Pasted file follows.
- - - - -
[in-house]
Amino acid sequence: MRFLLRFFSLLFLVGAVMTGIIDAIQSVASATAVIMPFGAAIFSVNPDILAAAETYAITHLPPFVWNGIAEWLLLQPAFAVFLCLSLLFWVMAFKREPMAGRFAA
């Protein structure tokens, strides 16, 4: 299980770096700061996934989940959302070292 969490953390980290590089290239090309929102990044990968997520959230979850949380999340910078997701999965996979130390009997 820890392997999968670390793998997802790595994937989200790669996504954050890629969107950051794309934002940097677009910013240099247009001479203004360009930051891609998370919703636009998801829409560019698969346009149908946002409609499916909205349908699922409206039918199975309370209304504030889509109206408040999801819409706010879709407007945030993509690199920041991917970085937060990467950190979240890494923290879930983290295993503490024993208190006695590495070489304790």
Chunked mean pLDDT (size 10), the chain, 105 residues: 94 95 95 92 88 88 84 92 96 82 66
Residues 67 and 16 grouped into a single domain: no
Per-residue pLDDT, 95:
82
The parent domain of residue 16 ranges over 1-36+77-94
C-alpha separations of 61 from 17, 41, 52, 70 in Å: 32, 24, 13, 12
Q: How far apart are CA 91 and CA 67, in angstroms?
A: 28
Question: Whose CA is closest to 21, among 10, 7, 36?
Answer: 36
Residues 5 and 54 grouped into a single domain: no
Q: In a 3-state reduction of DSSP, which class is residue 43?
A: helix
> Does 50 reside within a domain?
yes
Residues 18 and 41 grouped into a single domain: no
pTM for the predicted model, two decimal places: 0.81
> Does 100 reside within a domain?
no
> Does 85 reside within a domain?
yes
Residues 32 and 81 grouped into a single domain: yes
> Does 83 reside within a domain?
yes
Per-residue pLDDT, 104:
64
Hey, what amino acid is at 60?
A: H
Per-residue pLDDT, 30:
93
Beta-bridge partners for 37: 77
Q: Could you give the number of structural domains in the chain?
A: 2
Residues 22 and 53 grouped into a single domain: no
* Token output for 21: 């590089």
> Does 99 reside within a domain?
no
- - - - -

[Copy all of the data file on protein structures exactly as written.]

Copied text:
[in-house]
Amino acid sequence: MRFLLRFFSLLFLVGAVMTGIIDAIQSVASATAVIMPFGAAIFSVNPDILAAAETYAITHLPPFVWNGIAEWLLLQPAFAVFLCLSLLFWVMAFKREPMAGRFAA
């Protein structure tokens, strides 16, 4: 299980770096700061996934989940959302070292 969490953390980290590089290239090309929102990044990968997520959230979850949380999340910078997701999965996979130390009997 820890392997999968670390793998997802790595994937989200790669996504954050890629969107950051794309934002940097677009910013240099247009001479203004360009930051891609998370919703636009998801829409560019698969346009149908946002409609499916909205349908699922409206039918199975309370209304504030889509109206408040999801819409706010879709407007945030993509690199920041991917970085937060990467950190979240890494923290879930983290295993503490024993208190006695590495070489304790």
Chunked mean pLDDT (size 10), the chain, 105 residues: 94 95 95 92 88 88 84 92 96 82 66
Residues 67 and 16 grouped into a single domain: no
Per-residue pLDDT, 95:
82
The parent domain of residue 16 ranges over 1-36+77-94
C-alpha separations of 61 from 17, 41, 52, 70 in Å: 32, 24, 13, 12
Q: How far apart are CA 91 and CA 67, in angstroms?
A: 28
Question: Whose CA is closest to 21, among 10, 7, 36?
Answer: 36
Residues 5 and 54 grouped into a single domain: no
Q: In a 3-state reduction of DSSP, which class is residue 43?
A: helix
> Does 50 reside within a domain?
yes
Residues 18 and 41 grouped into a single domain: no
pTM for the predicted model, two decimal places: 0.81
> Does 100 reside within a domain?
no
> Does 85 reside within a domain?
yes
Residues 32 and 81 grouped into a single domain: yes
> Does 83 reside within a domain?
yes
Per-residue pLDDT, 104:
64
Hey, what amino acid is at 60?
A: H
Per-residue pLDDT, 30:
93
Beta-bridge partners for 37: 77
Q: Could you give the number of structural domains in the chain?
A: 2
Residues 22 and 53 grouped into a single domain: no
* Token output for 21: 């590089």
> Does 99 reside within a domain?
no